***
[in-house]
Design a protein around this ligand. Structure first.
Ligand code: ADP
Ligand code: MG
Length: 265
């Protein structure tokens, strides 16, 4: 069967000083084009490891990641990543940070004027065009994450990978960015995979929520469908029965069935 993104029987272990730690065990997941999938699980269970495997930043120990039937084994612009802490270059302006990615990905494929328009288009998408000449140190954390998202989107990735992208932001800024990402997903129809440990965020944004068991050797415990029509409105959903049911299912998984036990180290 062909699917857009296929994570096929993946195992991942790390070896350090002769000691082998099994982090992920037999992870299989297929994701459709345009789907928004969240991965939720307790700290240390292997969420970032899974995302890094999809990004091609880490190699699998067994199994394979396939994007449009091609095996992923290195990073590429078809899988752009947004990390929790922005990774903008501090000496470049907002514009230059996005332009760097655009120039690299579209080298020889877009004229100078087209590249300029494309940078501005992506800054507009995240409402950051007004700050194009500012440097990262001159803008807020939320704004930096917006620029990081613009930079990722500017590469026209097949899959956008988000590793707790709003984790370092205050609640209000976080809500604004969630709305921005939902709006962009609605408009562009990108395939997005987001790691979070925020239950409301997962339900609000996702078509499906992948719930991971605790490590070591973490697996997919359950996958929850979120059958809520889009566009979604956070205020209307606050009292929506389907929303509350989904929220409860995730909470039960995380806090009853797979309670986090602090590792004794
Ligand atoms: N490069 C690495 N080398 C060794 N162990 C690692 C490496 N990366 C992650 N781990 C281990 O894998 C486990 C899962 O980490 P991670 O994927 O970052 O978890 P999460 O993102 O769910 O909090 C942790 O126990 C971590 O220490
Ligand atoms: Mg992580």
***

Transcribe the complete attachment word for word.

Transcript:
[in-house]
Design a protein around this ligand. Structure first.
Ligand code: ADP
Ligand code: MG
Length: 265
């Protein structure tokens, strides 16, 4: 069967000083084009490891990641990543940070004027065009994450990978960015995979929520469908029965069935 993104029987272990730690065990997941999938699980269970495997930043120990039937084994612009802490270059302006990615990905494929328009288009998408000449140190954390998202989107990735992208932001800024990402997903129809440990965020944004068991050797415990029509409105959903049911299912998984036990180290 062909699917857009296929994570096929993946195992991942790390070896350090002769000691082998099994982090992920037999992870299989297929994701459709345009789907928004969240991965939720307790700290240390292997969420970032899974995302890094999809990004091609880490190699699998067994199994394979396939994007449009091609095996992923290195990073590429078809899988752009947004990390929790922005990774903008501090000496470049907002514009230059996005332009760097655009120039690299579209080298020889877009004229100078087209590249300029494309940078501005992506800054507009995240409402950051007004700050194009500012440097990262001159803008807020939320704004930096917006620029990081613009930079990722500017590469026209097949899959956008988000590793707790709003984790370092205050609640209000976080809500604004969630709305921005939902709006962009609605408009562009990108395939997005987001790691979070925020239950409301997962339900609000996702078509499906992948719930991971605790490590070591973490697996997919359950996958929850979120059958809520889009566009979604956070205020209307606050009292929506389907929303509350989904929220409860995730909470039960995380806090009853797979309670986090602090590792004794
Ligand atoms: N490069 C690495 N080398 C060794 N162990 C690692 C490496 N990366 C992650 N781990 C281990 O894998 C486990 C899962 O980490 P991670 O994927 O970052 O978890 P999460 O993102 O769910 O909090 C942790 O126990 C971590 O220490
Ligand atoms: Mg992580």